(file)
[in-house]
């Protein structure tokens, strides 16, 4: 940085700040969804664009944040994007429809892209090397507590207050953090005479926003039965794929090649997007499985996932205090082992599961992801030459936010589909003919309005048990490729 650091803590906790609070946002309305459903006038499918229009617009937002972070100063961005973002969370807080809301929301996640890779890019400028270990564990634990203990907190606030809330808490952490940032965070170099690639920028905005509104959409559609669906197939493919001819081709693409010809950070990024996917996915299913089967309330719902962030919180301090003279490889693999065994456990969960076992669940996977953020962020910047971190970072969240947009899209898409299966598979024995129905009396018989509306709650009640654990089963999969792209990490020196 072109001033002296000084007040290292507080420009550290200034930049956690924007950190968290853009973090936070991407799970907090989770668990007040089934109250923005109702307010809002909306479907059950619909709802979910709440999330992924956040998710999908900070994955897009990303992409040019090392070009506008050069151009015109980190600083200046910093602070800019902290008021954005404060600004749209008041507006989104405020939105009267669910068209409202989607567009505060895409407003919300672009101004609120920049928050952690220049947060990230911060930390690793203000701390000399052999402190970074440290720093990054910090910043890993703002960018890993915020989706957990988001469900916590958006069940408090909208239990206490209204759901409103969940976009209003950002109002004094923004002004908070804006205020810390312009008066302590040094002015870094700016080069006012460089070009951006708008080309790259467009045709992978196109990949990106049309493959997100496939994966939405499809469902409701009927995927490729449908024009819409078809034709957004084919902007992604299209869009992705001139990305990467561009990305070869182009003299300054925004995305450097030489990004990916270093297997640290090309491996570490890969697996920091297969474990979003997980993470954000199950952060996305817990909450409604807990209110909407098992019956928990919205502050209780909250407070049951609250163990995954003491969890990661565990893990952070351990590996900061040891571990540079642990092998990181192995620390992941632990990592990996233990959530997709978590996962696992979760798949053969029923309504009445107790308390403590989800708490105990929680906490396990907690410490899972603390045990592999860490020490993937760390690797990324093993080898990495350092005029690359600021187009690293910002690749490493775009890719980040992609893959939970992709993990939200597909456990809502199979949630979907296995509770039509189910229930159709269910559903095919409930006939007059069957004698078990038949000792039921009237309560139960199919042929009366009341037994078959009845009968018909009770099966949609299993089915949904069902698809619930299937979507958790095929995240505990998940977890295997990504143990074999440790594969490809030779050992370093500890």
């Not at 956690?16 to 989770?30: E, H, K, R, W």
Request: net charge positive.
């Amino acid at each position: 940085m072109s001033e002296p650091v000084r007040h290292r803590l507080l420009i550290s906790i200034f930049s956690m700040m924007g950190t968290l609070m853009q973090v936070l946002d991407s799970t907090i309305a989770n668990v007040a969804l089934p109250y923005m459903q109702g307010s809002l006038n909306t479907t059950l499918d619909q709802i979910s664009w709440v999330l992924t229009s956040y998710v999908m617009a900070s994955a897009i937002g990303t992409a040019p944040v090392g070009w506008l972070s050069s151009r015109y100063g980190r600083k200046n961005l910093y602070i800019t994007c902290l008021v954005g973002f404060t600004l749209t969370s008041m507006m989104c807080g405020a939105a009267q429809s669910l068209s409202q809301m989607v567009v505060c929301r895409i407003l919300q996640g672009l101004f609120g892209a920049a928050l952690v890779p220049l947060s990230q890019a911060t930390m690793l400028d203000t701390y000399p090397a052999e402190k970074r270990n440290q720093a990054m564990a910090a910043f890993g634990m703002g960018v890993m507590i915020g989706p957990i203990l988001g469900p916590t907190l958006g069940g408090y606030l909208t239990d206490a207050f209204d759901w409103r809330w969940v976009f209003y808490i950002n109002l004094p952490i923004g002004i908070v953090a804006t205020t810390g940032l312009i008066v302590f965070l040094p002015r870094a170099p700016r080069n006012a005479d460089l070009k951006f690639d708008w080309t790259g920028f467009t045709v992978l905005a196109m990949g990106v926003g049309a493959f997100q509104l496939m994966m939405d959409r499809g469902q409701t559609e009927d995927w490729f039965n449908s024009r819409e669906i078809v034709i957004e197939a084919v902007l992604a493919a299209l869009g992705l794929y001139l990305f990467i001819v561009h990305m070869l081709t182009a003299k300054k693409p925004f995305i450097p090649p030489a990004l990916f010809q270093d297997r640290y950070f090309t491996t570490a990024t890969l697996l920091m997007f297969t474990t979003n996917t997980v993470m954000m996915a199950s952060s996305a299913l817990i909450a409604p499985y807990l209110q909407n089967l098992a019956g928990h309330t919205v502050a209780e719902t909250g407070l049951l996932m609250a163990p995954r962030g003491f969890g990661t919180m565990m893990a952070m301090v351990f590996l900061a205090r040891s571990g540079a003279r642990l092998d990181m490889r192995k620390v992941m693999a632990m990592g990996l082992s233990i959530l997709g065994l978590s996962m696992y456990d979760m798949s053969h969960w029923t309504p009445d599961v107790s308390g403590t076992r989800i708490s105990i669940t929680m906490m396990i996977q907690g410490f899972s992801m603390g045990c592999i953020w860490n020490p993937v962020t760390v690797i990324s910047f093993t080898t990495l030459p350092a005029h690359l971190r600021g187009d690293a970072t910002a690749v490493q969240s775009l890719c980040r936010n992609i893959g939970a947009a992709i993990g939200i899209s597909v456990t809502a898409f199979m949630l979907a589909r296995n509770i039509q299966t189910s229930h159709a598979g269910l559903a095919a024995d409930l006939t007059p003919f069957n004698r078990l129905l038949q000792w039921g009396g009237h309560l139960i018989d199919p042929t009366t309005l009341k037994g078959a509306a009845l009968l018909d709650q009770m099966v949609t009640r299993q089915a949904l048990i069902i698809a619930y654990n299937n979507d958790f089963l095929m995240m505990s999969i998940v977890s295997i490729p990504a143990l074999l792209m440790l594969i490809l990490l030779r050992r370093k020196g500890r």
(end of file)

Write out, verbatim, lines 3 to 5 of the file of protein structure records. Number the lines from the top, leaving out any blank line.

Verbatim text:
């Not at 956690?16 to 989770?30: E, H, K, R, W």
Request: net charge positive.
């Amino acid at each position: 940085m072109s001033e002296p650091v000084r007040h290292r803590l507080l420009i550290s906790i200034f930049s956690m700040m924007g950190t968290l609070m853009q973090v936070l946002d991407s799970t907090i309305a989770n668990v007040a969804l089934p109250y923005m459903q109702g307010s809002l006038n909306t479907t059950l499918d619909q709802i979910s664009w709440v999330l992924t229009s956040y998710v999908m617009a900070s994955a897009i937002g990303t992409a040019p944040v090392g070009w506008l972070s050069s151009r015109y100063g980190r600083k200046n961005l910093y602070i800019t994007c902290l008021v954005g973002f404060t600004l749209t969370s008041m507006m989104c807080g405020a939105a009267q429809s669910l068209s409202q809301m989607v567009v505060c929301r895409i407003l919300q996640g672009l101004f609120g892209a920049a928050l952690v890779p220049l947060s990230q890019a911060t930390m690793l400028d203000t701390y000399p090397a052999e402190k970074r270990n440290q720093a990054m564990a910090a910043f890993g634990m703002g960018v890993m507590i915020g989706p957990i203990l988001g469900p916590t907190l958006g069940g408090y606030l909208t239990d206490a207050f209204d759901w409103r809330w969940v976009f209003y808490i950002n109002l004094p952490i923004g002004i908070v953090a804006t205020t810390g940032l312009i008066v302590f965070l040094p002015r870094a170099p700016r080069n006012a005479d460089l070009k951006f690639d708008w080309t790259g920028f467009t045709v992978l905005a196109m990949g990106v926003g049309a493959f997100q509104l496939m994966m939405d959409r499809g469902q409701t559609e009927d995927w490729f039965n449908s024009r819409e669906i078809v034709i957004e197939a084919v902007l992604a493919a299209l869009g992705l794929y001139l990305f990467i001819v561009h990305m070869l081709t182009a003299k300054k693409p925004f995305i450097p090649p030489a990004l990916f010809q270093d297997r640290y950070f090309t491996t570490a990024t890969l697996l920091m997007f297969t474990t979003n996917t997980v993470m954000m996915a199950s952060s996305a299913l817990i909450a409604p499985y807990l209110q909407n089967l098992a019956g928990h309330t919205v502050a209780e719902t909250g407070l049951l996932m609250a163990p995954r962030g003491f969890g990661t919180m565990m893990a952070m301090v351990f590996l900061a205090r040891s571990g540079a003279r642990l092998d990181m490889r192995k620390v992941m693999a632990m990592g990996l082992s233990i959530l997709g065994l978590s996962m696992y456990d979760m798949s053969h969960w029923t309504p009445d599961v107790s308390g403590t076992r989800i708490s105990i669940t929680m906490m396990i996977q907690g410490f899972s992801m603390g045990c592999i953020w860490n020490p993937v962020t760390v690797i990324s910047f093993t080898t990495l030459p350092a005029h690359l971190r600021g187009d690293a970072t910002a690749v490493q969240s775009l890719c980040r936010n992609i893959g939970a947009a992709i993990g939200i899209s597909v456990t809502a898409f199979m949630l979907a589909r296995n509770i039509q299966t189910s229930h159709a598979g269910l559903a095919a024995d409930l006939t007059p003919f069957n004698r078990l129905l038949q000792w039921g009396g009237h309560l139960i018989d199919p042929t009366t309005l009341k037994g078959a509306a009845l009968l018909d709650q009770m099966v949609t009640r299993q089915a949904l048990i069902i698809a619930y654990n299937n979507d958790f089963l095929m995240m505990s999969i998940v977890s295997i490729p990504a143990l074999l792209m440790l594969i490809l990490l030779r050992r370093k020196g500890r």